California lawmaker Ed Chau pulled a bill proposing to ban intentionally false stories about elections after critics called it “disastrous for free speech.”
The Monterey Park Democrat’s Assembly Bill 1104 would have make it “unlawful” to publish any intentionally “false or deceptive statement designed to influence the vote” for public office or ballot measure – but only on websites.
That means that intentionally false news stories about elections in old-fashioned tabloid newspapers or during television broadcasts would have escaped penalties under the law.
The Electronic Frontier Foundation, a San Francisco civil liberties advocacy group, started a Twitter campaign attacking Chau’s bill, saying it would be “disastrous for free speech” and “obviously unconstitutional.” The ACLU also opposes the bill.
“You can’t fight fake news with a bad law,” the EFF said in a written statement.
EFF’s investigative researcher Dave Maass told the Wrap: “Misleading statements have been part of politics since the very beginning of American politics and I don’t think a law in 2017 will change that.”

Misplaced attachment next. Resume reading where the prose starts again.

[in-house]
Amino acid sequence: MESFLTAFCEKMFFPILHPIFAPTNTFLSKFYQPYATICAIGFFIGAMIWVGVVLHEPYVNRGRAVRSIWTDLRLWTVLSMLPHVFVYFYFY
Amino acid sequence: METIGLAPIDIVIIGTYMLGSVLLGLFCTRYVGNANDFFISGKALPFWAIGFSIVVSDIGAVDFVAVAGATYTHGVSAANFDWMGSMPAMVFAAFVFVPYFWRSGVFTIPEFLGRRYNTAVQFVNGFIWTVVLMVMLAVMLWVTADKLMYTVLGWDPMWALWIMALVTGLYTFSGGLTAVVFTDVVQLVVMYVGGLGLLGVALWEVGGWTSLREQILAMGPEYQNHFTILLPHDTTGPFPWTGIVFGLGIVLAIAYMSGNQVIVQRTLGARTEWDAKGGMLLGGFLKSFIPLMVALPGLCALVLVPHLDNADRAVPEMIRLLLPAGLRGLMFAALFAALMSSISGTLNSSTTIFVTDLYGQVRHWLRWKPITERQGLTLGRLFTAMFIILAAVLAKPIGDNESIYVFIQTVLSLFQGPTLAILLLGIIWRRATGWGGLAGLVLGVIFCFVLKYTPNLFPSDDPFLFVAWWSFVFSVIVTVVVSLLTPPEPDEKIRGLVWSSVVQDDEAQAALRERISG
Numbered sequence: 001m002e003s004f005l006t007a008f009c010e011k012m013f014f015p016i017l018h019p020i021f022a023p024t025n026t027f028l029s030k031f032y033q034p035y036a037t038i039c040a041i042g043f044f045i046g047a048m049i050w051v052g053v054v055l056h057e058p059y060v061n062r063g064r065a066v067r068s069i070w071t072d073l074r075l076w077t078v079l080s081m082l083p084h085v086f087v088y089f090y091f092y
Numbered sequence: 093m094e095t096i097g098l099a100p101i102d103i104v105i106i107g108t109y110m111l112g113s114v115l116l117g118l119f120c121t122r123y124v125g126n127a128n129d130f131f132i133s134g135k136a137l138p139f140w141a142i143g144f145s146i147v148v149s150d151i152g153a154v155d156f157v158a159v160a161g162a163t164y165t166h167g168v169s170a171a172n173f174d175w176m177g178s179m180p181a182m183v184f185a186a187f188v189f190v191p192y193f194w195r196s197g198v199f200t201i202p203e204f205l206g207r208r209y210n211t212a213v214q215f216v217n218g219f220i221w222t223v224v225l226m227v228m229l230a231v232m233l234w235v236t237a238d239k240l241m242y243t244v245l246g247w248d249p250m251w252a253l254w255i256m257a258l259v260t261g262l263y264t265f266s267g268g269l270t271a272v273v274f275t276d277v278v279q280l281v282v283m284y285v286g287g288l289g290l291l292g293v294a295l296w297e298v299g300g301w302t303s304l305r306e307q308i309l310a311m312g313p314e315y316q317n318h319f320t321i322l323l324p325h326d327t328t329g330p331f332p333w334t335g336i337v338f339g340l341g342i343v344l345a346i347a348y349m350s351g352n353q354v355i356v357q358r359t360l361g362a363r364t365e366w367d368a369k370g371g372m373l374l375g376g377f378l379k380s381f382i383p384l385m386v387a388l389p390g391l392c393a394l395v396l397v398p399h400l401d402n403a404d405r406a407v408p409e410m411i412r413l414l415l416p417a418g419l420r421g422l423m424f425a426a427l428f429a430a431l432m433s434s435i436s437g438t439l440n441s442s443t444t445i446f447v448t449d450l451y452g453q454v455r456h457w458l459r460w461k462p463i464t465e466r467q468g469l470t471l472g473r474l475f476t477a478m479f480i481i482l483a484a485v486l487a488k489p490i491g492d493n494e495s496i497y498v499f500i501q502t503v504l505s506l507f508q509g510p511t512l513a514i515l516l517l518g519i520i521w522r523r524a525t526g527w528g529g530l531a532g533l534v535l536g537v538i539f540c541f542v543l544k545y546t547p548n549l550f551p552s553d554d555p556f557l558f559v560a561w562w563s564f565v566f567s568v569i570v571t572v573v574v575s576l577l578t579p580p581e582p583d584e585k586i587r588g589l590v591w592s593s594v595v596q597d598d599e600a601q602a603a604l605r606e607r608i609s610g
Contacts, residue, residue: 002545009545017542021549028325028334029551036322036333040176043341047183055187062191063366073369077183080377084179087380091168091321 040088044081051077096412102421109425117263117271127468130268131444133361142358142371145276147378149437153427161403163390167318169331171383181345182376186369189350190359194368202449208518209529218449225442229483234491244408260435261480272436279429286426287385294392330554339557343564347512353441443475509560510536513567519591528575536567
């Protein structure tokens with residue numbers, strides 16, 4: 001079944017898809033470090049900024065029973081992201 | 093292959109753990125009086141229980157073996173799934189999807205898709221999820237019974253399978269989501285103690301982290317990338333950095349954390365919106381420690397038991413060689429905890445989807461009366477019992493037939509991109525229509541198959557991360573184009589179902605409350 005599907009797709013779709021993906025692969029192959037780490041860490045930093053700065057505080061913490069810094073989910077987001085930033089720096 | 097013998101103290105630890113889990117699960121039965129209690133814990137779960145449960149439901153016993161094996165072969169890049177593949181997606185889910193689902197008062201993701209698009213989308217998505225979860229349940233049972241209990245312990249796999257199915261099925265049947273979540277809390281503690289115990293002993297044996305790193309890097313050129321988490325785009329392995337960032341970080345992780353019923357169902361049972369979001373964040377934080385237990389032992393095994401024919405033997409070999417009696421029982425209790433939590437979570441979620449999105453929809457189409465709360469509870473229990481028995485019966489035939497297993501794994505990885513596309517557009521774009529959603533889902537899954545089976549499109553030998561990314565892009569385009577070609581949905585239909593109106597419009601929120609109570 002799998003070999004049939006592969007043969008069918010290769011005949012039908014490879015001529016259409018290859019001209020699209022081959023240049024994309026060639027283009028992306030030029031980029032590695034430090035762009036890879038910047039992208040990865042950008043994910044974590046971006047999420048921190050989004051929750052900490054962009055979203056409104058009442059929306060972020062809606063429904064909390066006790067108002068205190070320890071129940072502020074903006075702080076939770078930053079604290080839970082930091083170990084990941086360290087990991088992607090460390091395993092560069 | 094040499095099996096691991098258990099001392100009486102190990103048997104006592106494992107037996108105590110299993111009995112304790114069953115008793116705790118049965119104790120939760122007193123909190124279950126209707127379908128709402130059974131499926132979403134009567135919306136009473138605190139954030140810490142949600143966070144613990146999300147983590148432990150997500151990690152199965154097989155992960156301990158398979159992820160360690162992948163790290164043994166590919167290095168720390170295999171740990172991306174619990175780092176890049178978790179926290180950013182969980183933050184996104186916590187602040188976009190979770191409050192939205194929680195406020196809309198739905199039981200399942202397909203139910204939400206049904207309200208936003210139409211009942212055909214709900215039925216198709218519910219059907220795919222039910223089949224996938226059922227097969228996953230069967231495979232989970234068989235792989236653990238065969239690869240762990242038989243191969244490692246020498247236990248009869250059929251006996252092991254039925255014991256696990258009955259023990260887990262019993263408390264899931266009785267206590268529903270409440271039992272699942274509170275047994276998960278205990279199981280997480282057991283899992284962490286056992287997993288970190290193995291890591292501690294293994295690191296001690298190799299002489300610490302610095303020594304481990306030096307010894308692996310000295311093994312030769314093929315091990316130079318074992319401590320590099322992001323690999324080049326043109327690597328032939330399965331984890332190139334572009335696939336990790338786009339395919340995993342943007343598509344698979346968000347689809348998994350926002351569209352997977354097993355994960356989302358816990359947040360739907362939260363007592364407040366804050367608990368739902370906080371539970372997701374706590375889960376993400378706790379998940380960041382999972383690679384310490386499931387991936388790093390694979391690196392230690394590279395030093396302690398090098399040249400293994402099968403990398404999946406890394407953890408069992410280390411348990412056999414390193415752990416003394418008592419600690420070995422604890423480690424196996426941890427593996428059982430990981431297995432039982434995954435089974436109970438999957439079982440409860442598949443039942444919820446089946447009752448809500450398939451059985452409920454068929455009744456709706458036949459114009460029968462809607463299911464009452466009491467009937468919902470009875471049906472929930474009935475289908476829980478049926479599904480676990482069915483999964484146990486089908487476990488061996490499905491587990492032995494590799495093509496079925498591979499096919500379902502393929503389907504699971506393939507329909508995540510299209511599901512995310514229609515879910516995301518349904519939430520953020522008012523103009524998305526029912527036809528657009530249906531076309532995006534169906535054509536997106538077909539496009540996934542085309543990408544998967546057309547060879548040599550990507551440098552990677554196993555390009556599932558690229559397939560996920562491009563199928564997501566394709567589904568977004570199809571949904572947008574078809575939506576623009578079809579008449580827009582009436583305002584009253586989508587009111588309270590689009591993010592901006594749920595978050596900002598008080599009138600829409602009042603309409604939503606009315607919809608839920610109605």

Chau was scheduled to introduce his bill at a hearing before the Committee on Privacy and Consumer Affairs today, but the bill was pulled from the hearing schedule. Chau’s office declined to comment to TheWrap.
Here is the text of A.B. 1104:
It is unlawful for a person to knowingly and willingly make, publish or circulate on an Internet Web site, or cause to be made, published, or circulated in any writing posted on an Internet Web site, a false or deceptive statement designed to influence the vote on either of the following:
(a) Any issue submitted to voters at an election.
(b) Any candidate for election to public office.
“It’s not clear what the penalties would be” for violating the law, Maass said.
California already has an obscure law banning fake news by candidates. According to Chau’s analysis of A.B. 1104, anyone who wins an election by lying about their opponent must forfeit public office if they are sued for defamation and “the libel or slander was a major contributing cause in the defeat of the opposing candidate, and the statement was made with the knowledge that it was false or with reckless disregard of whether it was false or true.”
That little-known provision in California Constitution, Article VII, Section 10, is probably unconstitutional because it violates the right of free speech of candidates, EFF said.
EFF said in its opposition letter to the bill that plenty of candidates – not just websites – make false statements about each other. The EFF wrote: “During the 2016 campaign alone, PolitiFact ranked 202 statements made by President Donald Trump as mostly false or false statements and 63 “Pants on Fire” statements. Hillary Clinton made 69 statements ranked mostly false or false and seven as “Pants on Fire.”